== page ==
Appetite for Self-Destruction by Steve Knopper – For the first time, Appetite for Self -Destruction recounts the epic story of the precipitous rise and fall of. Appetite for Self-Destruction: The Spectacular Crash of the Record Industry in the Digital Age: : Steve Knopper: Books. Steve Knopper. · Rating details · ratings · reviews. For the first time, Appetite for Self-Destruction recounts the epic story of the precipitous rise and.
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None of the many TV newsclips of the scene captures Duncan, which is surprising, given that he stood 6’5″, wore a huge Afro, and was one of the few black people on the field. Why was the rock of the s and s so corporatized and lacking in distinctiveness?
Appetite for Self-Destruction: The Spectacular Crash of the Record Industry in the Digital Age
The author writes in a sometimes conversational tone that doesn’t always seem to work in the context of this book. He’d begun his career as a fifteen-year-old DJ and worked up to program director for a planned cable-TV experiment called the Movie Channel. This book gave me more insight and answers to questions I had into why they f’d up with the digital evolution.
They allowed fans to linger, shredding the dirt and turf beyond recognition. One thing is certainly made clear by Knopper: With singles like Summer’s “Love to Love You Baby,” Casablanca rode the disco boom hard, going platinum on just about every record it threw into the marketplace.
But as the fast-living Yetnikoff suffered through the record industry’s postdisco crash, he was growing antsy. Bogart surrounded the band at one showcase with inflatable elephants and various barnyard animals, and was surprised when they drew derision from the crowd.
The show was wildly popular. His grandparents were Jewish immigrants from Austria or Poland — they were never quite clear which — and they spoke Polish and Yiddish around the house. From disco to iTunes.
Unfortunately for the label, Summer broke her contract and fled to industry mogul David Geffen’s new record company. To wit, a note about how, when initially launched, iTunes took 22 cents out of every 99 cent song purchase for itself, leaving 67 cents to be divided among the various rights holders. It offers a broad perspective stevd the current state of Big Music, how it got into these dire straits, and where it’s going from here — and a cautionary tale for the digital age.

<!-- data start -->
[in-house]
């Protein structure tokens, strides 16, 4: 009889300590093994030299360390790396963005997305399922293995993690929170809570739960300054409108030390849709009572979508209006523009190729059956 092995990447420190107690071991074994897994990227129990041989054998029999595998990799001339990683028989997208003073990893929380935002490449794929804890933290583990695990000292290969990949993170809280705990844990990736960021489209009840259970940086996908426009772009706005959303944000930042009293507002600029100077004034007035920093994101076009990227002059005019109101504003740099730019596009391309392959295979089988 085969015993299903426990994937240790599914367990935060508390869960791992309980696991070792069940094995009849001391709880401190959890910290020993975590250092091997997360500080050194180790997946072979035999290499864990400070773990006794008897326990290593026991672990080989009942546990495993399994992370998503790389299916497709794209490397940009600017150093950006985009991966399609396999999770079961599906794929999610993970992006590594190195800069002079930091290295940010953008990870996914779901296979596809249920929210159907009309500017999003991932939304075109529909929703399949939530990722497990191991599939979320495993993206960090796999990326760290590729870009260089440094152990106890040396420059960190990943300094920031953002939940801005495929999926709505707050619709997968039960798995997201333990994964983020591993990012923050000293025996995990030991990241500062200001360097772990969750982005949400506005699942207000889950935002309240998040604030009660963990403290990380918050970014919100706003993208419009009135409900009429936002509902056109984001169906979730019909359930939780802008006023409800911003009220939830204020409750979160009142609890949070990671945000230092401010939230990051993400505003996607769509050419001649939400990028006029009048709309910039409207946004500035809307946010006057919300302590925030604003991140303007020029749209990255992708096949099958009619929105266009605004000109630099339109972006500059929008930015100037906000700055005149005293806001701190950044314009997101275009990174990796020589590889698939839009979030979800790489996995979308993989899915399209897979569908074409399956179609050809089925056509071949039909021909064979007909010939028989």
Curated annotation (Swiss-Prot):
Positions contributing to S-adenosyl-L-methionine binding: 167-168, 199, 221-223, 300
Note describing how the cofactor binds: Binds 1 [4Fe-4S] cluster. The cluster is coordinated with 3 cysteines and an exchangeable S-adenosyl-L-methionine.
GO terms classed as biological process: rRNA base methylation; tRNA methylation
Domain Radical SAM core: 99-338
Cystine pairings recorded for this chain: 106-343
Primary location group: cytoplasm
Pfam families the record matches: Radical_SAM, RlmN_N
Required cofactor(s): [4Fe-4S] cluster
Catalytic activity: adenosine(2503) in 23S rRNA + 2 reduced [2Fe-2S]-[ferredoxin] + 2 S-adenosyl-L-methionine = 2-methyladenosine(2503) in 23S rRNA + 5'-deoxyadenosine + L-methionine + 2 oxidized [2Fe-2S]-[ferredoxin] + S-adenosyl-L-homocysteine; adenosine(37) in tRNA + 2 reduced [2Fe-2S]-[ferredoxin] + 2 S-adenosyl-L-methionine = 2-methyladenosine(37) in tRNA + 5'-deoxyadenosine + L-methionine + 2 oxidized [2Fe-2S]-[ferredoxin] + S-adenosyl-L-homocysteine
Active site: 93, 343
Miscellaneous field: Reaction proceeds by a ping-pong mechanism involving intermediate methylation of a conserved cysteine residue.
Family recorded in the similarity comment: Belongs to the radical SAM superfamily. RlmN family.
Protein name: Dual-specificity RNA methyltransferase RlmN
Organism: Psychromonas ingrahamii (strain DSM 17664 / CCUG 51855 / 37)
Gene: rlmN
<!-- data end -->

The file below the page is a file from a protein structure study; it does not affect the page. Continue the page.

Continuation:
Rick James, who had a smash radio hit with “Super Freak,” publicly railed that MTV was “taking black people back four hundred years. Learn how your comment data is processed.
Appetite for Self-Destruction
Which brings me to my next point: Big Music has been asleep at the wheel ever since Napster revolutionized the way music was distributed in the s. He grew up in Brooklyn, the son of a painter with a hot temper and a sympathetic mother who cleaned his wounds whenever knoppre father knocked him around.
Pedalboard Hack Original Song: During a contract renegotiation with Paul Simon and his attorney, the mogul and the singer-songwriter’s aggressive bargaining escalated into a full-blown argument, and Yetnikoff banned Simon from CBS Records’s building for life. It was very thoroughly researched in many areas, wit I was bought this as a gift a few years ago understandably – I like my music and I like my non-fiction but hadn’t picked it up self-deatruction now.
People started getting appetitd, and they got really pissed off. Must redeem within 90 days.
Appetite for Self-Destruction eBook by Steve Knopper | Official Publisher Page | Simon & Schuster
Joe account before fleeing the toy business to hike through the Sahara with a girlfriend, then landed in Asia to run a fabric-export company.
Rather than takes a knop;er approach, they wasted eight years fighting the digital revolution and in the process let both consumers and digital business take control. The book tackles the period from the post-disco crash in the early ’80s through Key takeaway from the book: He traces the initial fall, the death of disco nearly killing off the industry until MTV and CDs both fought against by the industry save them.
Soon, the boom made executives complacent when they should have been scouting for new talent. The part it hints at but doesn’t get into Why did my kids listen to my s music when they were teenagers? Almost overnight, Dahl turned his new station’s ratings around. There’s something happening here. He danced like a backwards angel, screeched and squealed, and — inexplicably — wore one white glove.
For the first time, Appetite for Self-Destruction recounts the epic story of the precipitous rise and fall of the recording industry over the past three decades, when the incredible success of the CD turned the music business into one of the most glamorous, high-profile industries in the world — and the advent of file sharing brought it to its knees.
A very good knoppsr and an easy read.
Plus, I’m still pissed about growing up in the 70s and 80s, when you’d buy an album only to find that it was complete crap.